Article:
For the first time since he’d left the River, Wilom found himself wishing that Vanda had given him some way to contact her.

There was only one person who would still offer him a place to sleep.

Mr Treene.

Wilom knocked on the door. It was starting to drizzle now, his hair dripping water down his face. He noted, not without some amusement, that the bedraggled look seemed appropriate.

The door opened and Mr Treene’s eyes widened. He was in a smoking jacket over a singlet and in his socks, glass of wine in hand.

Wilom pushed his fringe away from his face.

“Wilom,” Mr Treene greeted him, a little guardedly.

“I was wondering,” Wilom said, “If I could impose upon your hospitality one last time. I am sorry to do this at such short notice.”

Mr Treene raised an eyebrow. “Well. This is certainly an unexpected turn of events.”

“Not particularly,” Wilom said. “At least, not from a certain point of view.”

Mr Treene didn’t respond. Wilom had meant the words more as a jab at himself, but it seemed Mr Treene had taken them as a jab at him. Wilom didn’t mind. Mr Treene deserved a jab.

Mr Treene led him into a room and indicated where he could find towels and a bathroom. On the way down the hall, he clapped one of his house staff on the shoulder and instructed him to bring something appropriate for Wilom to sleep in.

Wilom was subjected to a measuring gaze from the house staff. For a moment it put him on the back foot, before he realised that he was being measured more literally – for clothes of the appropriate size to sleep in.

“Come into the parlour,” Mr Treene said, placing a hand on Wilom’s shoulder and steering him down the hall. “I’ll get you a drink.”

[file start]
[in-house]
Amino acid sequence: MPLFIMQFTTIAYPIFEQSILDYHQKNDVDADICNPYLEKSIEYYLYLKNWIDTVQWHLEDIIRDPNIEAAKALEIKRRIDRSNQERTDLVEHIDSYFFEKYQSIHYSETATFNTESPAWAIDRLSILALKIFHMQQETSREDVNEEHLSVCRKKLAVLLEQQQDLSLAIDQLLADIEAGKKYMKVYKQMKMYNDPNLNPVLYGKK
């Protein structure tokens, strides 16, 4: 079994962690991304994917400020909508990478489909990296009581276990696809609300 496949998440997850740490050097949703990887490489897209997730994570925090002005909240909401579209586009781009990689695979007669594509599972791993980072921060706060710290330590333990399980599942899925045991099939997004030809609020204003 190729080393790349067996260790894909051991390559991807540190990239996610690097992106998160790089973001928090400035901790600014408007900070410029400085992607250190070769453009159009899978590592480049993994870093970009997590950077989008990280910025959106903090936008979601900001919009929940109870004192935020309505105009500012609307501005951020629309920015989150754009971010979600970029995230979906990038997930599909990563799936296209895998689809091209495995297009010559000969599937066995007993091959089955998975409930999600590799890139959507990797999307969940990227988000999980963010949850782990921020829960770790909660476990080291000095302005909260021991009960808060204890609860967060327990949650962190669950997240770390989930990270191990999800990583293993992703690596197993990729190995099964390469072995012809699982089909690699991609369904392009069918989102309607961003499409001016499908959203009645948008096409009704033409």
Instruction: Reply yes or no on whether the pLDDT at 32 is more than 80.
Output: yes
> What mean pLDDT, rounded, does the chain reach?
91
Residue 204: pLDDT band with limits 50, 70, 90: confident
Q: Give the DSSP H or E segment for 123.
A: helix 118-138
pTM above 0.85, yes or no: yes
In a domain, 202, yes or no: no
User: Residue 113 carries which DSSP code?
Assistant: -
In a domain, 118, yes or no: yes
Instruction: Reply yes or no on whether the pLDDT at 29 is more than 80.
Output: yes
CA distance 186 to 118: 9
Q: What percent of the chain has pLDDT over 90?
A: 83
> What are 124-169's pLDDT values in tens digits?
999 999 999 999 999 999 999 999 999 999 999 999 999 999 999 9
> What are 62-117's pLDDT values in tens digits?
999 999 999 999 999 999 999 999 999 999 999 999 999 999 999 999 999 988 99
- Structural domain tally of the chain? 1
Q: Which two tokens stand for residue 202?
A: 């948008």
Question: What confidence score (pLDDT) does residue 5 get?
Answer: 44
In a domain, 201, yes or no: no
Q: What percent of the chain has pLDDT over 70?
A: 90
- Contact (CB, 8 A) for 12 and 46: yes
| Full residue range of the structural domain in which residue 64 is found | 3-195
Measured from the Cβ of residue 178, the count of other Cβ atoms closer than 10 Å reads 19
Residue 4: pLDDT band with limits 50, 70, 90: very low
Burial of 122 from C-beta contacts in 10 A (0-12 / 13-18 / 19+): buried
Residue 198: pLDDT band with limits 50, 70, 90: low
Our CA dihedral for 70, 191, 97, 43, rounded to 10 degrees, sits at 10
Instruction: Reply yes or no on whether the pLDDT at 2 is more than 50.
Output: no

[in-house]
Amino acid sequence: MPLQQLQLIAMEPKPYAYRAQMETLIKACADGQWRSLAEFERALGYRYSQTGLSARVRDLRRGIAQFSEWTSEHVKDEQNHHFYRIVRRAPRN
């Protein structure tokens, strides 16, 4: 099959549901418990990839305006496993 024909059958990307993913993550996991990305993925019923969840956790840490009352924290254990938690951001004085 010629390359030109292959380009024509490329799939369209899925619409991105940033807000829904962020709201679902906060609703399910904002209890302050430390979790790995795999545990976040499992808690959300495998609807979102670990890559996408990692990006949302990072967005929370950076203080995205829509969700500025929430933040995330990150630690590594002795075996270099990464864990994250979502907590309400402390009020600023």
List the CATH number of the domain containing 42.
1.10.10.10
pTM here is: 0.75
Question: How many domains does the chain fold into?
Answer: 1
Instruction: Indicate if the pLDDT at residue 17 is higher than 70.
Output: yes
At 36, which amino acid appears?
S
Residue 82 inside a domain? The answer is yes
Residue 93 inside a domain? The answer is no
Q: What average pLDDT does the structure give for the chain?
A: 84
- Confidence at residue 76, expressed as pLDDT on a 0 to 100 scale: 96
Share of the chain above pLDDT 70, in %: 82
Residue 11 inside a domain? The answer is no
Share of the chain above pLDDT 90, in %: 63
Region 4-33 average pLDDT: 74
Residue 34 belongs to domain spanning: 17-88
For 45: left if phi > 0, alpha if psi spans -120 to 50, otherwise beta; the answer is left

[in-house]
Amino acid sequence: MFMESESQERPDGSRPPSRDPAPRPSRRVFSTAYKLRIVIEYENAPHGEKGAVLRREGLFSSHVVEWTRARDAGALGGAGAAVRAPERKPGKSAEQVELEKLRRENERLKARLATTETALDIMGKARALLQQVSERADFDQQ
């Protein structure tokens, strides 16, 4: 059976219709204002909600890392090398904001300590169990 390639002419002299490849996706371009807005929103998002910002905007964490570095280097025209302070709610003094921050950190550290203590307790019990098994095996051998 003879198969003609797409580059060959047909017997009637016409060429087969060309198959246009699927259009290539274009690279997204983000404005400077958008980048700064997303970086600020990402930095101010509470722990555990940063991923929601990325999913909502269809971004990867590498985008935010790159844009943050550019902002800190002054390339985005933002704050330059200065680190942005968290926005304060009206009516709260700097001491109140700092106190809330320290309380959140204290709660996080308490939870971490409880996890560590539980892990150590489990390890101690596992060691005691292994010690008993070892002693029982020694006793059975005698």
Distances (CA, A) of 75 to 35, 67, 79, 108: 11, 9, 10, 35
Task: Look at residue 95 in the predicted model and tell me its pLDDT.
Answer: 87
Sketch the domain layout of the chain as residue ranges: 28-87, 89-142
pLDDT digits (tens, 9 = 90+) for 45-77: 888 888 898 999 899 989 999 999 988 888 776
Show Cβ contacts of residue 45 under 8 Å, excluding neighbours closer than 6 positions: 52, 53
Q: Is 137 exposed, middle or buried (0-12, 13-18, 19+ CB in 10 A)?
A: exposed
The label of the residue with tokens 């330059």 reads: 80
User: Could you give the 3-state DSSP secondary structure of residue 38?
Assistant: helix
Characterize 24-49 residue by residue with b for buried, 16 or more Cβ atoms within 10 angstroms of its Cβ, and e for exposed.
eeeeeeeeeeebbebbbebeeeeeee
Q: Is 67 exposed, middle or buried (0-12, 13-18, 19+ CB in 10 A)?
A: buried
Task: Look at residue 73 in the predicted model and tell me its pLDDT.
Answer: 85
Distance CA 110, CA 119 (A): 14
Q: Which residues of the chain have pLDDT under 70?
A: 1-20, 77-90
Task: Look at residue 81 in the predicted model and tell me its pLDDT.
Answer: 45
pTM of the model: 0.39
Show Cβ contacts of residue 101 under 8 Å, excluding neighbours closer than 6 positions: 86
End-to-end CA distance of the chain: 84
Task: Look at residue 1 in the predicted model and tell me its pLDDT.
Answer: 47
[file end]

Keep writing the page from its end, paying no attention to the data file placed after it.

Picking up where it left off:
“Thank you,” Wilom said. He wasn’t particularly in the mood for it, but he had a feeling Mr Treene would insist.

Mr Treene busied himself with the sideboard for a moment, then presented Wilom with a glass of whiskey.

Wilom considered asking for something else, but he didn’t have the energy to argue with Mr Treene. He took a sip.

He swirled it around in the bottom of the glass, unable to chase away the realisation of how much better Mr Treene’s whiskey was than the borderline-bathtub-liquor he and his friends had drunk. That was the thought that very near undid him. It seemed so very wrong that he should be drinking such good whiskey, and somehow right in all the ways that were wrong that Mr Treene should own whiskey like that. He put it aside.

“Whiskey’s not my drink,” he said, his voice hoarser, more husky, than he had expected. “Just wine, please.”

Mr Treene nodded, without any joke about wasting his good whiskey. He just put the glass back on the sideboard and poured Wilom a glass of wine.

“So,” Mr Treene said. “I can’t help but think that you’ve already realised what part I played in this.”

“I did,” he said. “You tried very hard to warn me about it beforehand, after all.”

Mr Treene let that slide without rejoinder, too. “Well. I must say, you’re taking this much better than any of the others whose lives I’ve uprooted over the years.”

Wilom knew how to use baldfaced admissions of his shortcomings as a shield, but Mr Treene used his like a spiked buckler. But then, Wilom had known that, too, right from the start. “Perhaps,” he said. “You always said I was a remarkably two-minded person.”